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J Immunol. 2011 Aug 15;187(4):1998-2005. doi: 10.4049/jimmunol.1100539. Epub 2011 Jul 20.

Increased T cell proliferative responses to islet antigens identify clinical responders to anti-CD20 monoclonal antibody (rituximab) therapy in type 1 diabetes.

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  • 1Department of Immunobiology, Yale University, New Haven, CT 06511, USA. kevan.herold@yale.edu

Abstract

Type 1 diabetes mellitus is believed to be due to the autoimmune destruction of β-cells by T lymphocytes, but a single course of rituximab, a monoclonal anti-CD20 B lymphocyte Ab, can attenuate C-peptide loss over the first year of disease. The effects of B cell depletion on disease-associated T cell responses have not been studied. We compare changes in lymphocyte subsets, T cell proliferative responses to disease-associated target Ags, and C-peptide levels of participants who did (responders) or did not (nonresponders) show signs of β-cell preservation 1 y after rituximab therapy in a placebo-controlled TrialNet trial. Rituximab decreased B lymphocyte levels after four weekly doses of mAb. T cell proliferative responses to diabetes-associated Ags were present at baseline in 75% of anti-CD20- and 82% of placebo-treated subjects and were not different over time. However, in rituximab-treated subjects with significant C-peptide preservation at 6 mo (58%), the proliferative responses to diabetes-associated total (p = 0.032), islet-specific (p = 0.048), and neuronal autoantigens (p = 0.005) increased over the 12-mo observation period. This relationship was not seen in placebo-treated patients. We conclude that in patients with type 1 diabetes mellitus, anti-B cell mAb causes increased proliferative responses to diabetes Ags and attenuated β-cell loss. The way in which these responses affect the disease course remains unknown.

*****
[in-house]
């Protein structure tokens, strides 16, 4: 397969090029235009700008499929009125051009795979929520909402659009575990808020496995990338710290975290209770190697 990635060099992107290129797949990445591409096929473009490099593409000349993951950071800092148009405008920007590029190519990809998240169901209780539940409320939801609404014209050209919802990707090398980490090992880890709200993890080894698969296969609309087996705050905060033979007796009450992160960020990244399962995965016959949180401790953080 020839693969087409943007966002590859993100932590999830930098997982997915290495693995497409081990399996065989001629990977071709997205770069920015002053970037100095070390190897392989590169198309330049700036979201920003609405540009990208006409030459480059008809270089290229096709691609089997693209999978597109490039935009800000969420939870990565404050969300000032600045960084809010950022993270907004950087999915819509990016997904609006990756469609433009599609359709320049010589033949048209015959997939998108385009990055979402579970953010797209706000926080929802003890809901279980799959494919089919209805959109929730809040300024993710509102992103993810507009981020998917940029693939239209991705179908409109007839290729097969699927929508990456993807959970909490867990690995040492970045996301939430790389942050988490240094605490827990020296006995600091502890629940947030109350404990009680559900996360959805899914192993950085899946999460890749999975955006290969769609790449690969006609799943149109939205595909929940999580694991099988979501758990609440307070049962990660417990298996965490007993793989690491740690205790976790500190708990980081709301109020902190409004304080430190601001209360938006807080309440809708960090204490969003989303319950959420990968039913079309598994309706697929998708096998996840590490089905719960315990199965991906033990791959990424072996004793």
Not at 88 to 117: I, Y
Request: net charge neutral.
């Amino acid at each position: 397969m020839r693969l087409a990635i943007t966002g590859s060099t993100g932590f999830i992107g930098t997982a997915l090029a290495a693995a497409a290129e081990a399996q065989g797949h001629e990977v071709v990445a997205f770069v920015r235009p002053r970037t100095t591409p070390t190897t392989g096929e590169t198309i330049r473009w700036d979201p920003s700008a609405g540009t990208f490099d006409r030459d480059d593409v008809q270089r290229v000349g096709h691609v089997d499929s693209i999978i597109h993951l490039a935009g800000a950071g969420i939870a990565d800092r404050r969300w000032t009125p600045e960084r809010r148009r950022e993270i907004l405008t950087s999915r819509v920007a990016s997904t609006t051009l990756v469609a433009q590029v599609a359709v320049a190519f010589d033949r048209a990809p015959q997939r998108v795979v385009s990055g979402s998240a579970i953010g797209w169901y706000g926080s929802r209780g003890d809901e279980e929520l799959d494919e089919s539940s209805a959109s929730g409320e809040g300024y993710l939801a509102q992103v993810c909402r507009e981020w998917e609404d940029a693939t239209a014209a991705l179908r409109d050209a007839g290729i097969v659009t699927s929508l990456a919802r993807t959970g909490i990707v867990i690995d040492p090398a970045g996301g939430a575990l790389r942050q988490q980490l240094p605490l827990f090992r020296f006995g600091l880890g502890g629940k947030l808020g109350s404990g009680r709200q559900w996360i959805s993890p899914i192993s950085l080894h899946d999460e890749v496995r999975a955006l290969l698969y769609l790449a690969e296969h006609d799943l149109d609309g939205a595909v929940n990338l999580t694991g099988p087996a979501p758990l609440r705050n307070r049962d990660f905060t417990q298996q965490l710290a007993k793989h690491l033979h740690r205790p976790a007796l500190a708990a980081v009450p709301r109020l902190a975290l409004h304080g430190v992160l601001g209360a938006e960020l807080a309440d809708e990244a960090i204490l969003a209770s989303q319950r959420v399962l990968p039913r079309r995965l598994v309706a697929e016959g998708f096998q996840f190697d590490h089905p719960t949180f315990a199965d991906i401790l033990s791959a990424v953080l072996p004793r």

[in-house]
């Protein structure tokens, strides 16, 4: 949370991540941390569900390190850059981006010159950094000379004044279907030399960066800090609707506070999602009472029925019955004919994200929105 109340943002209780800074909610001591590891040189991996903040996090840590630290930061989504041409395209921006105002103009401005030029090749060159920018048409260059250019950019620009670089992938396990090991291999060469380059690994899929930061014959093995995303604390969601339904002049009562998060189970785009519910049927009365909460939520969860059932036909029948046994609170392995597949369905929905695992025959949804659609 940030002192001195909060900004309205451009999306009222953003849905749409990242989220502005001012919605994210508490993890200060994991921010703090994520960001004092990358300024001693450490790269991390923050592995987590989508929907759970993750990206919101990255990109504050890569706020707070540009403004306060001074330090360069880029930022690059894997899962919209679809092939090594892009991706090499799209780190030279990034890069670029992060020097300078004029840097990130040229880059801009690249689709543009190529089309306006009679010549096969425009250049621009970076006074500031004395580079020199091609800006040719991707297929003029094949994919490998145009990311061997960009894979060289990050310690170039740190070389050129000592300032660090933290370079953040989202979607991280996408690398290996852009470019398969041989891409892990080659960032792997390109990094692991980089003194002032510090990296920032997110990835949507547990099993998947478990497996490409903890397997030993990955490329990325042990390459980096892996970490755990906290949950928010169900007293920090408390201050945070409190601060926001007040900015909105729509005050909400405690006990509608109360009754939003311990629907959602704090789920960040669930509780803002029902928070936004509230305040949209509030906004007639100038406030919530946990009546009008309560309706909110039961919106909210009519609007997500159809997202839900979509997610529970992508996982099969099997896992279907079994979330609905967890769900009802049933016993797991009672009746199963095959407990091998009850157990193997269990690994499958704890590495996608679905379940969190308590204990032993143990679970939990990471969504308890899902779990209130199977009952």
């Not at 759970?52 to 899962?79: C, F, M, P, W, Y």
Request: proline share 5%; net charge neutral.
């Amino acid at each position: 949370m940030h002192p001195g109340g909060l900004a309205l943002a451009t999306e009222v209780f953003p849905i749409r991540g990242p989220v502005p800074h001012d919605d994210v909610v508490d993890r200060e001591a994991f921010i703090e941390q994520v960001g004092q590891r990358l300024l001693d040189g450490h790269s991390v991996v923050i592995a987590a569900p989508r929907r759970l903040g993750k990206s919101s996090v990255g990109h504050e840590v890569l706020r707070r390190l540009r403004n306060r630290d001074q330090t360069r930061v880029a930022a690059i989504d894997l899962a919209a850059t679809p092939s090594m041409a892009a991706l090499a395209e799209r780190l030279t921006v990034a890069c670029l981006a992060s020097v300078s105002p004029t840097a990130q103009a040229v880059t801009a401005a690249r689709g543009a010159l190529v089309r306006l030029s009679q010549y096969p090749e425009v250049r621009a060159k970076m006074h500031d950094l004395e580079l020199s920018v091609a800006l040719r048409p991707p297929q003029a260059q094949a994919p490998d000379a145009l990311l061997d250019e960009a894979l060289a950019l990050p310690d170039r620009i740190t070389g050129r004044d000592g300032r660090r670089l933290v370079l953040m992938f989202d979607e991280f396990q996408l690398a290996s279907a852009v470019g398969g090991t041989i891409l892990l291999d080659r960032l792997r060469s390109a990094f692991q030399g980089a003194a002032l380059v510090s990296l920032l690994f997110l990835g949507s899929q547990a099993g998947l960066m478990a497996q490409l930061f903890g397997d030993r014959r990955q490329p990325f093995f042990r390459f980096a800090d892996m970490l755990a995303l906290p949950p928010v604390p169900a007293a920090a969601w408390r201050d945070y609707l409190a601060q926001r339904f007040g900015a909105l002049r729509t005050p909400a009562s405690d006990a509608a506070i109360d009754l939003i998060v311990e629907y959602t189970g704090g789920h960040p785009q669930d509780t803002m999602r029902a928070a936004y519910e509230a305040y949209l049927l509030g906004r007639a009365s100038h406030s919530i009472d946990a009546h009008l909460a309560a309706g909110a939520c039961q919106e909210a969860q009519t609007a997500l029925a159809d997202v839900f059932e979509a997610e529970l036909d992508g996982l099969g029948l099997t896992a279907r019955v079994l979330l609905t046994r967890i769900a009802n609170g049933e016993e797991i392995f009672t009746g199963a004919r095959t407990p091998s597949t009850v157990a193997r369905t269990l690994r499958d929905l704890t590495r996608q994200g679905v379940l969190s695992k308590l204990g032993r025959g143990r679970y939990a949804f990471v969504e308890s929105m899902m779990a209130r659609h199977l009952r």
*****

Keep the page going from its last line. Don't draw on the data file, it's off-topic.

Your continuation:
PMID:
21775681
[PubMed - indexed for MEDLINE]
PMCID:
PMC3150302
Free PMC Article
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